It’s not often that the pre show announcement states, “Ladies and Gentlemen, please turn on your mobile devices.”
With the addition of social media technology and fine visual projection work, George Mason University’s theatre department presents the musical mystery thriller The Mystery of Edwin Drood.
Actually, the show cries out for such touches. An inventive musical fusion vehicle in its own right (Tony award winner in 1986), the show is based on the unfinished novel of Charles Dickens, leaving pop songwriter Rupert Holmes, who wrote the book, music and lyrics for this fun trifle of a show to refashion the novel into a live parlor game for theatergoers.
The story offers up these Dickensian characters–Drood’s uncle, the choir instructor with a bit of an opium addiction, John Jasper (Dylan Toms ), who is in love with his pupil, Rosa (Emma Gwin). Miss Bud, Drood’s fiancée, has also caught the eye of the high-spirited and hot-tempered Neville Landless (Lawrence Hailes), a foreigner from Ceylon with his twin sister, Helena Landless (Arami McCloskey) and Drood (Alexandra Bunger-Pool) take an instant dislike to one another. Drood later disappears under mysterious circumstances. In keeping with music hall pantomime tradition, Drood is played by a woman, using a gruff stiff voice.
It is truly so much material that one has to relax the mind and let it all simply happen to you.
In this swirling pastiche of light, color and sound, we have the blending of sensibilities–Elizabethan propriety surrounded by a theatre troupe retelling the story as part of a music hall show, providing rollicking ballads, slapstick, and knowing glances to the audience. The Chairman (Kyle Imperatore) as the narrator music hall barker keeps everything in place, a winning wink wink nod nod turn by Imperatore who appeared in Into the Woods last season. Great understated motions and fine accent as the show’s ringmaster.
Impressive visual work projecting outside locations across the full backstage, and suggesting an opium hallucination. It is truly so much material that one has to relax the mind and let it all simply happen to you.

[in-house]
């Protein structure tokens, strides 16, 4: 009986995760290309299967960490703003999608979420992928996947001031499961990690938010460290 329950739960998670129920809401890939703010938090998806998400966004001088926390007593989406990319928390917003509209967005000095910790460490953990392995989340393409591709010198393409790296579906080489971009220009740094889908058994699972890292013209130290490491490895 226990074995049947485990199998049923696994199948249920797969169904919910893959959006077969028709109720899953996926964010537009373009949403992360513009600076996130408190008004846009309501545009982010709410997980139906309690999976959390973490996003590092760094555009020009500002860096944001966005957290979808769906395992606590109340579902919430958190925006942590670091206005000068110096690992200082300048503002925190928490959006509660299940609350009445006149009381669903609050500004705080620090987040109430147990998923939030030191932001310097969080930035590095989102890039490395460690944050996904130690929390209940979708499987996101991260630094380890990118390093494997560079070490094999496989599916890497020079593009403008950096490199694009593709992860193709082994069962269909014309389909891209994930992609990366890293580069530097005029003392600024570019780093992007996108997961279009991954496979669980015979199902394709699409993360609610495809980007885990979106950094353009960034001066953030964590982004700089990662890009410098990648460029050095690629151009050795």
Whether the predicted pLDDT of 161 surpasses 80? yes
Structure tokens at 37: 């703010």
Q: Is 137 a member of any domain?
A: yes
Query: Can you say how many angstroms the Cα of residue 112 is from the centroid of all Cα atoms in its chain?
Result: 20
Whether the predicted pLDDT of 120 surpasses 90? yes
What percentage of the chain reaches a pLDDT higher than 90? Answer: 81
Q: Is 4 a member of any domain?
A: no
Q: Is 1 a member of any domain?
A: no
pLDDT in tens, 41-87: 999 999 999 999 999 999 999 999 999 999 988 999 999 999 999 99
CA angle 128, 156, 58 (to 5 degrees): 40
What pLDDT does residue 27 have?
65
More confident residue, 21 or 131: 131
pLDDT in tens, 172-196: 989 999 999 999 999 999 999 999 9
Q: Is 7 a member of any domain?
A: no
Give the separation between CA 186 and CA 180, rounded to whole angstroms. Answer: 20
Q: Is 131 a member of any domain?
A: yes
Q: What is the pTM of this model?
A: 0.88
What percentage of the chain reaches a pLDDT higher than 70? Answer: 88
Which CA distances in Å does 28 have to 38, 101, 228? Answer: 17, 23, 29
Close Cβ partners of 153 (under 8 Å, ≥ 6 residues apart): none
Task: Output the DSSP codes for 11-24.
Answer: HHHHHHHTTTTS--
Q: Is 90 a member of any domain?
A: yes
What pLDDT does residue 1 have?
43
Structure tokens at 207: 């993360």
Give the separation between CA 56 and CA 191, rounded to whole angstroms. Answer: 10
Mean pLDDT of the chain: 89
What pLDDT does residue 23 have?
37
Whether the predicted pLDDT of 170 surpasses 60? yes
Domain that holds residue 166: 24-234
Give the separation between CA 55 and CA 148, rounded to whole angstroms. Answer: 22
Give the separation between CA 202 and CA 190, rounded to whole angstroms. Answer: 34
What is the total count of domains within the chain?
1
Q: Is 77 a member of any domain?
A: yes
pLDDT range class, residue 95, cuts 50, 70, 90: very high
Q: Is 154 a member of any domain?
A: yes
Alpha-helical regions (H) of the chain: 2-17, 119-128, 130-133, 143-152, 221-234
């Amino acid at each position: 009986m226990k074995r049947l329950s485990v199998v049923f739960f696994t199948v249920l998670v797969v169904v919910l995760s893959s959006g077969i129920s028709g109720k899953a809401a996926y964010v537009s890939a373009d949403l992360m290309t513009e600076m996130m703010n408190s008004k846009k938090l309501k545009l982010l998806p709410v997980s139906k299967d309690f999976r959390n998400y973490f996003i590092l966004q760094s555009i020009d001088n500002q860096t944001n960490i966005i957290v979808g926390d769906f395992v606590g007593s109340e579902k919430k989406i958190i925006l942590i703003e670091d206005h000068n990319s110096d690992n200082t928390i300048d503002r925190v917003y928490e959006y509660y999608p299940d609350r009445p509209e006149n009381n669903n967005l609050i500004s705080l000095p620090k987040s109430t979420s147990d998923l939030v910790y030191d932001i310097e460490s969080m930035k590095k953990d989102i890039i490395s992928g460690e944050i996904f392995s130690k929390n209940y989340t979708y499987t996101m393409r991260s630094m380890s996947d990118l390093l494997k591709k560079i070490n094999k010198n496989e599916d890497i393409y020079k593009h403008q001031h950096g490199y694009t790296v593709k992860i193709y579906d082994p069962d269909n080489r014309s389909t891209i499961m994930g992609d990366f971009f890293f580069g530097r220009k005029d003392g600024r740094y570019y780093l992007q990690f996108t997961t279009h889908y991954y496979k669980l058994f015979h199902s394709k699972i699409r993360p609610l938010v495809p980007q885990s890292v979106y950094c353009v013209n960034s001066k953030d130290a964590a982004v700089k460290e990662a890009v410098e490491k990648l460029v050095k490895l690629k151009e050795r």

Alas, it all screeches to a halt as the scrip…runs…out. Audience participation! A la reality shows American Idol and Survivor, this was actually before its time.
Now the question– who slew Edwin Drood? is thrown into the lap of the audience in the show’s finale. Cell phones scramble to text the possible killer and decide what ending will be performed, though it did slow the show a tad.
The collegiate production does itself proud. I expected great energy and got it. But many performers were beyond their years. Toms provided fine stage presence and strong baritone as the evil Jasper. Gwin provided an effortless operatic tone. Bunger-Pool had wonderful expression and derring-do in several roles. The Princess Puffer (Rachel Harrington), a mysterious purveyor of opium, adds a comic twist and followed up with strong vocals.
The full cast gave wonderful stage pictures on freeze moments, little appreciated yet vital to a show such as this. Directed by Ken Elston, this is a show not particularly deep, but quite crucial in terms of timing and moving parts. Musical Direction by Dennis Layendecker and a full orchestra was well received, if more vigorous than experienced.
I texted 1 for ….well done!
Running Time: 2 hours 45 minutes with an intermission.
The Mystery of Edwin Drood was presented at George Mason University Center for the Arts, 4400 University Drive, Fairfax, VA, from October 24-26 . For tickets to other performances in the 2014-2-15 season, call (703) 993-2787, or online.
Also playing at the Hylton Performing Arts Center, Merchant Hall, 10960 George Mason Circle, Manassas, VA 20110, on October 31 and November 1, 2014. Contact Hylton online.